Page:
• An Important Lesson

    “Throwers” relish clearing out and will empty a house quickly; “keepers” want to preserve special things as well as memories, and will linger over the process. People who balance these attributes have come to the realization that the most valuable thing in a house is the life that has been lived there. Read more about how “keepers” and “throwers” work together to downsize and declutter.
  • Press for our Book

    “…a downsizing bible” Oregon Home
    "...some items have special sentimental meaning... Huffington Post
    "clearing out the clutter...a wonderful gift to your family..."USA Today
    "sharing tips for getting the job done..."PBS’s Next Avenue
    "Downsizing: What to do with all that stuff?" Forbes
    “…discussions [help] avert misunderstandings…” The New York Times
    “…creative ways…of maintaining peace while dividing the family heirlooms” BloombergBusinessweek
    “practical suggestions for sorting through a lifetime of items…” The Washington Times
    “…about memories, feelings and people…” Chicago Tribune
    “tips on preserving relations and memories while sorting clutter...” The Salt Lake Tribune
    "lessons from two who have 'been there, done that'..."Your Organizing Business
    “…a useful resource...” Senior Living Institute
    “…help is on the way…” Illinois Public Media
    …the only book mentioned in the Comprehensive Checklist for Downsizing a Home Organize and Downsize

  • On Our Bookshelf

    Moving On: A Practical Guide to Downsizing the Family Home by Linda Hetzer and Janet Hulstrand
    Buried in Treasures by David F. Tolin, Randy O. Frost, and Gail Steketee
    Caring for Your Family Treasures by Jane S. Long and Richard W. Long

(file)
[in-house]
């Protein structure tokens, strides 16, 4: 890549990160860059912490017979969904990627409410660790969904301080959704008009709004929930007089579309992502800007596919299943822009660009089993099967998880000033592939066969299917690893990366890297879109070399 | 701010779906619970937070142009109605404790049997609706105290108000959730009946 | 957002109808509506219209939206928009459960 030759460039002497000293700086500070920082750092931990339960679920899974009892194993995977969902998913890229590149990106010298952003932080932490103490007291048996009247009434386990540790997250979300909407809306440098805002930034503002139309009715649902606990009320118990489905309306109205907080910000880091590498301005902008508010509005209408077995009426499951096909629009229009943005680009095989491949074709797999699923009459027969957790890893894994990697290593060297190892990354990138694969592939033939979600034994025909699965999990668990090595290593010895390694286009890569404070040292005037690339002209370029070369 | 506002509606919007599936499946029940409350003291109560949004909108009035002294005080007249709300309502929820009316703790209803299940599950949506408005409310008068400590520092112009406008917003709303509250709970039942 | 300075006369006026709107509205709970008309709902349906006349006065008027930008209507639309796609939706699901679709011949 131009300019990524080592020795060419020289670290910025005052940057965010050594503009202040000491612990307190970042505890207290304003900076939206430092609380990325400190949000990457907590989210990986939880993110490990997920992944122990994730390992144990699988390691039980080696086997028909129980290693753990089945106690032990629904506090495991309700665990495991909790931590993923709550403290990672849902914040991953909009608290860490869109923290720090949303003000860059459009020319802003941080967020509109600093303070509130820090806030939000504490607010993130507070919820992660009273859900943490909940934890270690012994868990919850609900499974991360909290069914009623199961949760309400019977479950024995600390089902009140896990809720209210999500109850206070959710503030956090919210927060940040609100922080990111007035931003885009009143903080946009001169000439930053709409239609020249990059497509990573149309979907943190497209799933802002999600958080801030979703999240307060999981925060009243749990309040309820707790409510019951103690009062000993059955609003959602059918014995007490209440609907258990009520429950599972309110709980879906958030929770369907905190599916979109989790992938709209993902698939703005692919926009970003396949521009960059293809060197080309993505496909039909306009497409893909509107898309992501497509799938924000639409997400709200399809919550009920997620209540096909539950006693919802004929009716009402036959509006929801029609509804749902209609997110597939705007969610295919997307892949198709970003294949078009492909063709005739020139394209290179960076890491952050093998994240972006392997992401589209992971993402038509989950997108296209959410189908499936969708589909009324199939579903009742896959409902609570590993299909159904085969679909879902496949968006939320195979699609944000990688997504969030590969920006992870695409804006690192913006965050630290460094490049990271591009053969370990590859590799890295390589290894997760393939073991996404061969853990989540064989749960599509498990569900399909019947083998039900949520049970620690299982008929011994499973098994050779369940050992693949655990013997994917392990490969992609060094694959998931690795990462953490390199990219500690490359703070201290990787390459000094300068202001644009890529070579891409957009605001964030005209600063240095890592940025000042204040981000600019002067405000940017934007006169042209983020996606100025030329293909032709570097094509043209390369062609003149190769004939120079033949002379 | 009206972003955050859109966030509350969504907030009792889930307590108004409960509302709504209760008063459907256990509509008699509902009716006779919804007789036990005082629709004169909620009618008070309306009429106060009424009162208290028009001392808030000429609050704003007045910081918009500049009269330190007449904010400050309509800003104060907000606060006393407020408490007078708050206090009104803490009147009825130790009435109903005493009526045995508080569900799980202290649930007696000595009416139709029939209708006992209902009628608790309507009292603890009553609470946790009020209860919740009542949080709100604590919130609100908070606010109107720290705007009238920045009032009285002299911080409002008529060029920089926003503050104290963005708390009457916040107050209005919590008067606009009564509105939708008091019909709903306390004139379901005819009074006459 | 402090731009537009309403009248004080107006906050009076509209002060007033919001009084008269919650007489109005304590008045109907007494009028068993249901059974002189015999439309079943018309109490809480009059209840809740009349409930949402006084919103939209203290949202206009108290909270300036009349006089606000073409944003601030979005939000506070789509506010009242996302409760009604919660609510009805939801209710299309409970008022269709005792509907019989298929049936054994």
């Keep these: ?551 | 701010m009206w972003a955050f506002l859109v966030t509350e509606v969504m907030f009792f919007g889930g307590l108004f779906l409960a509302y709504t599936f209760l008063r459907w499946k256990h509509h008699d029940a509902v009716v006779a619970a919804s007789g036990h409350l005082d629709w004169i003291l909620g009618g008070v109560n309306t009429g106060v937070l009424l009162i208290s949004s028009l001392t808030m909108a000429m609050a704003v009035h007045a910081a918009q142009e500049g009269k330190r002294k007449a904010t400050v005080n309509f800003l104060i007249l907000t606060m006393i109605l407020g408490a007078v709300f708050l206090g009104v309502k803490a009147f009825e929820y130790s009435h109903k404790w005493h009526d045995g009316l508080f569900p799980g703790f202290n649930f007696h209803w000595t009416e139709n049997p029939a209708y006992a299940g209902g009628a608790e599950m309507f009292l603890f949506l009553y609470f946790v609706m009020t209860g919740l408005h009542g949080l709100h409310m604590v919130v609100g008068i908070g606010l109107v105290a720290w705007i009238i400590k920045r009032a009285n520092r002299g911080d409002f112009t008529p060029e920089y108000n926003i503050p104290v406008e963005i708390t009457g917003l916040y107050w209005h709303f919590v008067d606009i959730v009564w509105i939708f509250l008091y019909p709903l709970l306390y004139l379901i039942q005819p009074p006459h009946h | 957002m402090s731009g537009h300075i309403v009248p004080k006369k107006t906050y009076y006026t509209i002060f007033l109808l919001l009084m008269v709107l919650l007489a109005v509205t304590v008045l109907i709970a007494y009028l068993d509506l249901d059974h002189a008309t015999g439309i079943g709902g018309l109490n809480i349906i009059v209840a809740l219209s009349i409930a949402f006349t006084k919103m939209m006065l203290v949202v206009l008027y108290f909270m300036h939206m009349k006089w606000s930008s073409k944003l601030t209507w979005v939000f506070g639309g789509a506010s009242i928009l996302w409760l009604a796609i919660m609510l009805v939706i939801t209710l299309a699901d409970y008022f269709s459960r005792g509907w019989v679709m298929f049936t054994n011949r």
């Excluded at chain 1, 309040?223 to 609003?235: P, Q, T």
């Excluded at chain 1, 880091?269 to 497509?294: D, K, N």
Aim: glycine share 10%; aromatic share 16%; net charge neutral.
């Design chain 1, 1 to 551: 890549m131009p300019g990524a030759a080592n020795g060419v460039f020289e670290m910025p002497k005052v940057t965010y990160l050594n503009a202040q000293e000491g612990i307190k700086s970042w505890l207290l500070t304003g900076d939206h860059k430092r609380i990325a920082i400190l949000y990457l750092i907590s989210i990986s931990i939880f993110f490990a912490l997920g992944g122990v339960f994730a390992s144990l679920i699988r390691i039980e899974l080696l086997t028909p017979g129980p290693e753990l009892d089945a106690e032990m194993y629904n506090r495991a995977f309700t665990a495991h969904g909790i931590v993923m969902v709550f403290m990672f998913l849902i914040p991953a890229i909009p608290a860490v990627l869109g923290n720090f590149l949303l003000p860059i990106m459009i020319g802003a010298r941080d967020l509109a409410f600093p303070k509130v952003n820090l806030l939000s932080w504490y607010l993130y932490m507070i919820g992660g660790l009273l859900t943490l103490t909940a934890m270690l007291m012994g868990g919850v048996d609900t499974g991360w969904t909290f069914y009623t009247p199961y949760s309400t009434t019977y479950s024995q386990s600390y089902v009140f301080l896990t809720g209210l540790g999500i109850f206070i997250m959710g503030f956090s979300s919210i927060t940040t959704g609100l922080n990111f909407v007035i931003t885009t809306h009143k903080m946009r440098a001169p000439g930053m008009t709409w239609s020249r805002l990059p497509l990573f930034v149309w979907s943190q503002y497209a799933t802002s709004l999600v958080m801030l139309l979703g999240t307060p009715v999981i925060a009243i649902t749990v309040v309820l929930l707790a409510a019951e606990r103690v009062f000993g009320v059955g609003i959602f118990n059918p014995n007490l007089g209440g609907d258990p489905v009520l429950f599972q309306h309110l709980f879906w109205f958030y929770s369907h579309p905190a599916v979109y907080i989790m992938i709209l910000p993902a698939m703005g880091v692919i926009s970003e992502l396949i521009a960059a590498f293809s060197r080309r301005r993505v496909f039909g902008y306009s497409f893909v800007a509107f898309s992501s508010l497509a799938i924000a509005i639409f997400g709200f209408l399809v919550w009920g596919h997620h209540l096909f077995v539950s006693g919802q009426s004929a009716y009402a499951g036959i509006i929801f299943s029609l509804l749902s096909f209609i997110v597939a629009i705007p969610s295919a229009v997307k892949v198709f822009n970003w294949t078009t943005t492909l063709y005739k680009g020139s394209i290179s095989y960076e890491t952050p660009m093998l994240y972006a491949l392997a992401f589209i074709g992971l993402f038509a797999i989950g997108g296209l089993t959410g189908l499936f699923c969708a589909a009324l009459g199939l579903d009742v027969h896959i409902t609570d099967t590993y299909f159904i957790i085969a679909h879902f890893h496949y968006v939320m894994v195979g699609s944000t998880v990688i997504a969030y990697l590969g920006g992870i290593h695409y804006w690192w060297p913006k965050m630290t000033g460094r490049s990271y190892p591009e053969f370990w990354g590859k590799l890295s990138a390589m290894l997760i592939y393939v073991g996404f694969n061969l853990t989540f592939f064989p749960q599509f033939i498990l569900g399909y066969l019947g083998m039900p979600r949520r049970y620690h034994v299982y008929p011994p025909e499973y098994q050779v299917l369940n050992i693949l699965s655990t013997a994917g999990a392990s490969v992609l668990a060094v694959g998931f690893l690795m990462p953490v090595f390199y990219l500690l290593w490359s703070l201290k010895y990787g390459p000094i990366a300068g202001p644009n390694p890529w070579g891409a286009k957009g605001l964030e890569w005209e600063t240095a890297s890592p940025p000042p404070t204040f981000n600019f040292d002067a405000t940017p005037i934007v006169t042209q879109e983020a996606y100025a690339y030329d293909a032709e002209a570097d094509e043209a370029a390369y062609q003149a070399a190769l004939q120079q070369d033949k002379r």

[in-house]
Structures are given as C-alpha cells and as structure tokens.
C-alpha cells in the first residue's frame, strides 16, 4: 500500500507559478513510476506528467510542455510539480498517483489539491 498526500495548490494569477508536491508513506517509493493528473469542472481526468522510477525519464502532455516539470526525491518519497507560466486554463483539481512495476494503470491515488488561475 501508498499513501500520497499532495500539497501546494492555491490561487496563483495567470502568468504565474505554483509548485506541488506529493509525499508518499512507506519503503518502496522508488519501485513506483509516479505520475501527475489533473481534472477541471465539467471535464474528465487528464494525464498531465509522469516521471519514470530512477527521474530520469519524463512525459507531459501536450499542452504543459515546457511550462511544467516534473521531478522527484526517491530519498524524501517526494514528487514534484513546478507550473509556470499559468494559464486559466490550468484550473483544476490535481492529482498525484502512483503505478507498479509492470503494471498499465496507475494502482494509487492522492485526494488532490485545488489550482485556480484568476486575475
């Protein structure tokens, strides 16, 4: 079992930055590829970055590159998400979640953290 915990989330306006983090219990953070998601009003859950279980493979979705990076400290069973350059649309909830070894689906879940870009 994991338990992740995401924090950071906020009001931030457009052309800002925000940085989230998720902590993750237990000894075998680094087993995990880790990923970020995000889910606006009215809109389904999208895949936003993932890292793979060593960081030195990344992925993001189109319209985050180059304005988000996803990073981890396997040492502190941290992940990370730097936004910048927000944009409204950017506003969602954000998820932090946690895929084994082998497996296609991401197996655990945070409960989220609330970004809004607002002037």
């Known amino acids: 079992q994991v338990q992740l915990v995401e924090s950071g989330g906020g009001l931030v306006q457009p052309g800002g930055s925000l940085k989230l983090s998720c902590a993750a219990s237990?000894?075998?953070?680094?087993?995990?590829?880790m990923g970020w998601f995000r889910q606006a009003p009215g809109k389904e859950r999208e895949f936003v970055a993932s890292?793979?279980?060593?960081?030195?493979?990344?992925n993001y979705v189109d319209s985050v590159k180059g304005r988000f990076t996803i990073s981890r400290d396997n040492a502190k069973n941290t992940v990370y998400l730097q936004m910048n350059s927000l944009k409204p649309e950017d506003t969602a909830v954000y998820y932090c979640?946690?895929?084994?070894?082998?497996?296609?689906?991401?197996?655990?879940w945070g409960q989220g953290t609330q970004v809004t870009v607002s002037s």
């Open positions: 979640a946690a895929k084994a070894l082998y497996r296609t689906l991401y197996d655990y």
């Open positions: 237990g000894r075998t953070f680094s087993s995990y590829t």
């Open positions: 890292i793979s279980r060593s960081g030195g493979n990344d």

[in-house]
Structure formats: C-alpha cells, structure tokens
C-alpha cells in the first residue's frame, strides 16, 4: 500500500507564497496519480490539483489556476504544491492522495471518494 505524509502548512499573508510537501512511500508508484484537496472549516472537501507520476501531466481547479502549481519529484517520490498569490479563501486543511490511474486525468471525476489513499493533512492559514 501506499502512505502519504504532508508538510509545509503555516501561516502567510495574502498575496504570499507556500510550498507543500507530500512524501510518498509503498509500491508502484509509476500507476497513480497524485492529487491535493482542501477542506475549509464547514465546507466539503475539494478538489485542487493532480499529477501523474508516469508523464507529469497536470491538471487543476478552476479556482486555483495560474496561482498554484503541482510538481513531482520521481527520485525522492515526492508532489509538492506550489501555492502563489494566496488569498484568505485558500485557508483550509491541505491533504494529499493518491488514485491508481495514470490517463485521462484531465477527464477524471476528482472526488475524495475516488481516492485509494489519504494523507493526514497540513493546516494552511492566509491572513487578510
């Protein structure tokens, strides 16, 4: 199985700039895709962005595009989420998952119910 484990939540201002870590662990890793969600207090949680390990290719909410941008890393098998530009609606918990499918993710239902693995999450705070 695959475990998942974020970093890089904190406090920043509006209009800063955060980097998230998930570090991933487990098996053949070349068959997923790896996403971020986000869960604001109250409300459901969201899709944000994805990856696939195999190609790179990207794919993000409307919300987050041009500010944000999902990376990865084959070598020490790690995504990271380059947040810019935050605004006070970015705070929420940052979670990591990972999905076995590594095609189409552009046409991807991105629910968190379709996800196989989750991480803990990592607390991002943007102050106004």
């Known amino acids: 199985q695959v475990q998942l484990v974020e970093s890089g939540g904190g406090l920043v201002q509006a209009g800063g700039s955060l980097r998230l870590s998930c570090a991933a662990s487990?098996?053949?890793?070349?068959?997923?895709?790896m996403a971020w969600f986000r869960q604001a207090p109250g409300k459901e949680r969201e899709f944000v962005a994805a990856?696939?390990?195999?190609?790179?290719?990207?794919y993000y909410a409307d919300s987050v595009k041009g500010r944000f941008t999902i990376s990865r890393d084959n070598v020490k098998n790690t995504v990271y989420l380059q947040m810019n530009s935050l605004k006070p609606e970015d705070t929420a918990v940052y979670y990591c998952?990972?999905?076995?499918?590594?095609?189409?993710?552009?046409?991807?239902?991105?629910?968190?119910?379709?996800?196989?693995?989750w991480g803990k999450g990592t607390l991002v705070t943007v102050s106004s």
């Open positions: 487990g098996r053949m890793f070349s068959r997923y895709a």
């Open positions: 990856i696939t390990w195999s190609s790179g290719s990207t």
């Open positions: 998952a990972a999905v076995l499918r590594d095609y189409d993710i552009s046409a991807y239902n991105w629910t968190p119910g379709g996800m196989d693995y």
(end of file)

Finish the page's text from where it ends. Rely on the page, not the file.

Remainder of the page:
Organizing from the Inside Out by Julie Morgenstern
    Organizing Plain and Simple by Donna Smallin
    Sell, Keep, or Toss? How to Downsize a Home... by Harry L. Rinker
    Who Gets Grandma's Yellow Pie Plate? by Marlene S. Strum

  • Our Favorite Blogs

Organizing for Your Heirs

Recently I came across two essays that dealt with organizing for the end of one’s life, one a Sunday Dialogue in the New York Times and the other a post by a person who blogs about organizing.

In the Times article, “Discussing Dying with Loved Ones,” the writer, Janis Abrahms Spring, a clinical psychologist and author of Life with Pop: Lessons on Caring for an Aging Parent, says “When aging parents spell out their end-of-life wishes to their children, this is an act of supreme kindness.”

But as we know, adult children need to do this for themselves and their children as well. One reader responded: “The responsibility… of adult offspring is to consider their own end-of-life preferences in order to begin the conversation with the next generation in a more timely manner.”

We addressed this issue a few months ago in two posts that I wrote, one – One Life, Four Papers – about the four papers we should all have: a will, a power of attorney, a health care proxy, and a living will, and the other – Getting Your House in Order – about the need for a comprehensive list of important information: bank accounts and passwords, insurance policies, and credit cards, as well as a list of the people who need to be notified of your death.

As Marcie, creator of the blog Organized by Marcie, says, “preparing for the inevitable end of life is one of the most important things you can do.” She suggests that in addition to a healthy care proxy and advance directive, one create a list of items that have special meaning to you and explain why you feel they are important to you. What a lovely present that is for your loved ones.

As Marcie says, preparing these documents is not fun, but it is important. And, as we know, your family will thank you for it. As one New York Times reader said after receiving a copy of her mother’s living will and health care proxy: “It was a bit of a shock, but I now appreciate how fortunate we [she and her brother] were to have a mother with such foresight and practicality.”

To organize now about the end of your life is practical, realistic, and sensible – and a bit scary. It is truly a gift to your loved ones. As we said in an earlier post, organize your life now and later on will be easier for you and your family.

Linda Hetzer is an editor and author of books on home designcrafts, and food, and coauthor of Moving On: A Practical Guide to Downsizing the Family Home.


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